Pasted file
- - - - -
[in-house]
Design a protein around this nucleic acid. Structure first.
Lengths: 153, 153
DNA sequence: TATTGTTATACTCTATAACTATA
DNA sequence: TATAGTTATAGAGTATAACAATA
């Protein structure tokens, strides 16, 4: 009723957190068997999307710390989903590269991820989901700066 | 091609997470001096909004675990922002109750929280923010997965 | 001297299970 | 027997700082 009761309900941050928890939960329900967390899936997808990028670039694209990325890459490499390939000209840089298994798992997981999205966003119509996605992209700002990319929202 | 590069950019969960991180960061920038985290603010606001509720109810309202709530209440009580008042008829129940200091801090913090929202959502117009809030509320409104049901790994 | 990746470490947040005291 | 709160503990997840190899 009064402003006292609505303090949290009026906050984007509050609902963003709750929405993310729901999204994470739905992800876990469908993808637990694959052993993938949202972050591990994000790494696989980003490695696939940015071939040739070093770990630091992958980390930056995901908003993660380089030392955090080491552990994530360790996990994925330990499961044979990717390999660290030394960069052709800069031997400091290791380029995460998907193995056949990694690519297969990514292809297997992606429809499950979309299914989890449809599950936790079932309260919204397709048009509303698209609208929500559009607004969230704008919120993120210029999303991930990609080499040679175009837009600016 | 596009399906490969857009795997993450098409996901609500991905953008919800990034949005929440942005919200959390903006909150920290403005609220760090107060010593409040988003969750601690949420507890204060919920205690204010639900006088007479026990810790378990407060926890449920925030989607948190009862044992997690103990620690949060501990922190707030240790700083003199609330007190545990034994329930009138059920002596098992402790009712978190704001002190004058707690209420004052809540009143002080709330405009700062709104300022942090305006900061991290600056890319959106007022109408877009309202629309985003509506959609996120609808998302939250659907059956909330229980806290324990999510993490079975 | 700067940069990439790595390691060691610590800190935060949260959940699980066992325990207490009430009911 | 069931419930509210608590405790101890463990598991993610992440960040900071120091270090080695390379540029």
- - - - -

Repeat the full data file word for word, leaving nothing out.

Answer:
[in-house]
Design a protein around this nucleic acid. Structure first.
Lengths: 153, 153
DNA sequence: TATTGTTATACTCTATAACTATA
DNA sequence: TATAGTTATAGAGTATAACAATA
């Protein structure tokens, strides 16, 4: 009723957190068997999307710390989903590269991820989901700066 | 091609997470001096909004675990922002109750929280923010997965 | 001297299970 | 027997700082 009761309900941050928890939960329900967390899936997808990028670039694209990325890459490499390939000209840089298994798992997981999205966003119509996605992209700002990319929202 | 590069950019969960991180960061920038985290603010606001509720109810309202709530209440009580008042008829129940200091801090913090929202959502117009809030509320409104049901790994 | 990746470490947040005291 | 709160503990997840190899 009064402003006292609505303090949290009026906050984007509050609902963003709750929405993310729901999204994470739905992800876990469908993808637990694959052993993938949202972050591990994000790494696989980003490695696939940015071939040739070093770990630091992958980390930056995901908003993660380089030392955090080491552990994530360790996990994925330990499961044979990717390999660290030394960069052709800069031997400091290791380029995460998907193995056949990694690519297969990514292809297997992606429809499950979309299914989890449809599950936790079932309260919204397709048009509303698209609208929500559009607004969230704008919120993120210029999303991930990609080499040679175009837009600016 | 596009399906490969857009795997993450098409996901609500991905953008919800990034949005929440942005919200959390903006909150920290403005609220760090107060010593409040988003969750601690949420507890204060919920205690204010639900006088007479026990810790378990407060926890449920925030989607948190009862044992997690103990620690949060501990922190707030240790700083003199609330007190545990034994329930009138059920002596098992402790009712978190704001002190004058707690209420004052809540009143002080709330405009700062709104300022942090305006900061991290600056890319959106007022109408877009309202629309985003509506959609996120609808998302939250659907059956909330229980806290324990999510993490079975 | 700067940069990439790595390691060691610590800190935060949260959940699980066992325990207490009430009911 | 069931419930509210608590405790101890463990598991993610992440960040900071120091270090080695390379540029």